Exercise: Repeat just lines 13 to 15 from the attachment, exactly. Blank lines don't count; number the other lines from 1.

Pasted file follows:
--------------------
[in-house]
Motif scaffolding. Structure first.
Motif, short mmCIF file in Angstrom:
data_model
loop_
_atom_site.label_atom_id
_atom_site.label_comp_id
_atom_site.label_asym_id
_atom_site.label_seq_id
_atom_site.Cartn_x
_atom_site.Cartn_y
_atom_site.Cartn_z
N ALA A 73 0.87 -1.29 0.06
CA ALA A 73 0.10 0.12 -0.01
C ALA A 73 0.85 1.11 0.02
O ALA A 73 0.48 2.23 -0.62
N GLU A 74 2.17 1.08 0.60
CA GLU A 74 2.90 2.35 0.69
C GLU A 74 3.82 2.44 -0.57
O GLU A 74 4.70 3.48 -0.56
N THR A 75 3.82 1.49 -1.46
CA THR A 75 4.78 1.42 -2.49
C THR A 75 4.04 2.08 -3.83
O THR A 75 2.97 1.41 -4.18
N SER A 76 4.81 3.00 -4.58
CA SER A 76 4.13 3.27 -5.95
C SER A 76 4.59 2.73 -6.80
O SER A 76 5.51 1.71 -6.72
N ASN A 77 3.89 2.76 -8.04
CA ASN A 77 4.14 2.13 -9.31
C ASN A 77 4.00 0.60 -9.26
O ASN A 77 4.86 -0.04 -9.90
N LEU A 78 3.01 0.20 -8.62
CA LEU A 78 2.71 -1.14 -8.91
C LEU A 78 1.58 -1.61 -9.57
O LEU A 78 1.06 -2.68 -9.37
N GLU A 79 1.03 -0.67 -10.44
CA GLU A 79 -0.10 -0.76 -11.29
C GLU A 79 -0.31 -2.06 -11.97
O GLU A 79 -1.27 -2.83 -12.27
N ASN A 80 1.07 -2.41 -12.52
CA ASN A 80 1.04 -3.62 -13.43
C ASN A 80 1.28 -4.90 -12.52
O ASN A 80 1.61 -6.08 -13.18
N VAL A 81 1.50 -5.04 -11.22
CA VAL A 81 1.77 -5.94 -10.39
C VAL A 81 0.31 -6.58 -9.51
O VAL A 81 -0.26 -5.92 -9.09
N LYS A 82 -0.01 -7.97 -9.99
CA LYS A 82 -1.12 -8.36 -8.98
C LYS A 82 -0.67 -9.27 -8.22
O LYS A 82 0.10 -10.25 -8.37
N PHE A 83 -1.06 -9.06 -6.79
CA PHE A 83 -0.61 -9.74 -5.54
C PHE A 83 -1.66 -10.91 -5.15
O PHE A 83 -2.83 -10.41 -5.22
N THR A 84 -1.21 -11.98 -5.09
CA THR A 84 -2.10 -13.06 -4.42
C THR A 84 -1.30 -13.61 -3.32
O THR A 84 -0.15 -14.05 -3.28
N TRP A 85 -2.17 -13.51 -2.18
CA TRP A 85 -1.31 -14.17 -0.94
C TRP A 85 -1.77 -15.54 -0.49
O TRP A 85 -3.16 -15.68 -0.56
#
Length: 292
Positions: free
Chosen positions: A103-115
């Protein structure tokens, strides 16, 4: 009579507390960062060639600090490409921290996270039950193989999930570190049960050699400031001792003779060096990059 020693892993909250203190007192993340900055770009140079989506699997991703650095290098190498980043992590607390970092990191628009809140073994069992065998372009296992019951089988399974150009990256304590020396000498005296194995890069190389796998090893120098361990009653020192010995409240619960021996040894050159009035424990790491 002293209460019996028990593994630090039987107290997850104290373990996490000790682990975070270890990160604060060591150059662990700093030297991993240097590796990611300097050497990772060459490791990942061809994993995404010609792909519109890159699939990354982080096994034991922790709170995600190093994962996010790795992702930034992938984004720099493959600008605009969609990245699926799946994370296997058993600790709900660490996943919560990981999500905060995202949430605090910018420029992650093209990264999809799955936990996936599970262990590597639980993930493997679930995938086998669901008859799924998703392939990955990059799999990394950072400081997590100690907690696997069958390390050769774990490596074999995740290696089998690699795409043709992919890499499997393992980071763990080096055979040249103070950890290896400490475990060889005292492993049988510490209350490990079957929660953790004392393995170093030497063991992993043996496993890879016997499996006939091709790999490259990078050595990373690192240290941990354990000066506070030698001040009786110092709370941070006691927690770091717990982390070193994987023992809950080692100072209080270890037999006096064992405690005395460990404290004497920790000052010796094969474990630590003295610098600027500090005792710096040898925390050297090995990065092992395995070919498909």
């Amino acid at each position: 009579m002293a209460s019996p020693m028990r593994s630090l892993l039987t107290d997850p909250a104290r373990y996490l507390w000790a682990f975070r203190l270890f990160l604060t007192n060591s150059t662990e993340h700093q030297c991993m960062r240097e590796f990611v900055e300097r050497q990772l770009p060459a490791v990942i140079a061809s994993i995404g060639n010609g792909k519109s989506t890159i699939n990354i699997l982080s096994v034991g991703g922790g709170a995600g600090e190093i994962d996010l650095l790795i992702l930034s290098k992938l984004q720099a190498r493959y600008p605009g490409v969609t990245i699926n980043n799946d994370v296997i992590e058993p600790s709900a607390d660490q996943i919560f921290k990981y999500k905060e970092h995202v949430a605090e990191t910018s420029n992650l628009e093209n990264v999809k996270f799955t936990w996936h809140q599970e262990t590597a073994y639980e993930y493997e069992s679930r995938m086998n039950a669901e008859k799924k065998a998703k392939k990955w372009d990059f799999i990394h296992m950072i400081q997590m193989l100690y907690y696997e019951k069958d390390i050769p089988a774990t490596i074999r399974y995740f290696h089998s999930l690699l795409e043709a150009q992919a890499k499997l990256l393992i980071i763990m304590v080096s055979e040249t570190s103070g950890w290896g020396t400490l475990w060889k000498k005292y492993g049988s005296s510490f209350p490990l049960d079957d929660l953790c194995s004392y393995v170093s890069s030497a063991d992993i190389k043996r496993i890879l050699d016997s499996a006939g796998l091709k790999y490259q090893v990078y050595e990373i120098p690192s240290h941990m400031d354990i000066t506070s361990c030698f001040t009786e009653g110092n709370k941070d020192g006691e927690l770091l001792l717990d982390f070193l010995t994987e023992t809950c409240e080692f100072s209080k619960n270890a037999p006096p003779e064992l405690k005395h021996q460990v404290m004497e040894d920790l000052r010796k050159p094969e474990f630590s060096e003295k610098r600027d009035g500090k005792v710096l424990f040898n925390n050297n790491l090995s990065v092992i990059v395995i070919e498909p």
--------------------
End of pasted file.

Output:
N ALA A 73 0.87 -1.29 0.06
CA ALA A 73 0.10 0.12 -0.01
C ALA A 73 0.85 1.11 0.02